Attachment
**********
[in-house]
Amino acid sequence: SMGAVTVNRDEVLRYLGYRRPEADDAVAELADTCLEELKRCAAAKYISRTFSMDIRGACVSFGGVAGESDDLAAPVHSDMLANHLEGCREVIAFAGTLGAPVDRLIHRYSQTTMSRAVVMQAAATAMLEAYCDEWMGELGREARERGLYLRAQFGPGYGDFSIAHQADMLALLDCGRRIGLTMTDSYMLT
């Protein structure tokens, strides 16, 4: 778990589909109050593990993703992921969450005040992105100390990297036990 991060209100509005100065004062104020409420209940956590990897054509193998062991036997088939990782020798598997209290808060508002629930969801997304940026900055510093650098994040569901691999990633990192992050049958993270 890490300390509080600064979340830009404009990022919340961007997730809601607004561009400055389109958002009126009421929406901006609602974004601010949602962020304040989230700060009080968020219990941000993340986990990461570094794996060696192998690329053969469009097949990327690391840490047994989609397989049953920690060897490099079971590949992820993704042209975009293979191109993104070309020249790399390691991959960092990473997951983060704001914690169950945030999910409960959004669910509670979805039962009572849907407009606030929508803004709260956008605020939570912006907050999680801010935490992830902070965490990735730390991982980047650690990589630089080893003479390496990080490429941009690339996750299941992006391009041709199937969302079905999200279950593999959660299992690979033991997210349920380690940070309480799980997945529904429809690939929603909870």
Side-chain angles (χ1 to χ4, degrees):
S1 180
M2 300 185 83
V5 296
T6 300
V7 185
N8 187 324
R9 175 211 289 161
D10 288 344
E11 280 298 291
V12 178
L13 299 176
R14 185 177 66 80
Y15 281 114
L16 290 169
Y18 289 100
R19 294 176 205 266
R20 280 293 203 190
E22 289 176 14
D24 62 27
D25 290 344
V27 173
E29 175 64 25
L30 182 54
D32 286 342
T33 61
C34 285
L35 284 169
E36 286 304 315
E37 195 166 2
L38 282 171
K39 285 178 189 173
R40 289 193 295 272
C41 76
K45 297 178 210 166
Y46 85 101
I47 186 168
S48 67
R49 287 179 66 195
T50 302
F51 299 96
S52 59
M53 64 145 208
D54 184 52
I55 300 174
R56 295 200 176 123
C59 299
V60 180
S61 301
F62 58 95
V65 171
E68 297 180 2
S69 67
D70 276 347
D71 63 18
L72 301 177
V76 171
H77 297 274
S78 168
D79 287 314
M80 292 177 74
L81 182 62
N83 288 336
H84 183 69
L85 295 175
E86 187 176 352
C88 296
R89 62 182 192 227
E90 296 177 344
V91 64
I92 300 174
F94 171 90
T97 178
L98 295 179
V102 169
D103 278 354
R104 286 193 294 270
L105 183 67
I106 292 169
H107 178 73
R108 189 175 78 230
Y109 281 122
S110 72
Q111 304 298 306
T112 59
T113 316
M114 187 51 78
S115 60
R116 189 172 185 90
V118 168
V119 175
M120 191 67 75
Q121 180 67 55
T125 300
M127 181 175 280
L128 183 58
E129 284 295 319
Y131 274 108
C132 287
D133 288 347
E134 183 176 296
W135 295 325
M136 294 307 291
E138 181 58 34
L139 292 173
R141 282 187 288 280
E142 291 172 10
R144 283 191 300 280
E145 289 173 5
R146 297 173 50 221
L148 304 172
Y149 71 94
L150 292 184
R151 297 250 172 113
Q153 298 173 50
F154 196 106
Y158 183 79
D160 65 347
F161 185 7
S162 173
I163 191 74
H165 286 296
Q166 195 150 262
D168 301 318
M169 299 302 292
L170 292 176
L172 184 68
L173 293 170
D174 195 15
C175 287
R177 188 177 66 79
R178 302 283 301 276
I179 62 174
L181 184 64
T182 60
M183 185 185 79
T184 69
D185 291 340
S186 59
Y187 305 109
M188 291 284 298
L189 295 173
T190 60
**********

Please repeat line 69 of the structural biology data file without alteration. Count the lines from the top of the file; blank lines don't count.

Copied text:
E86 187 176 352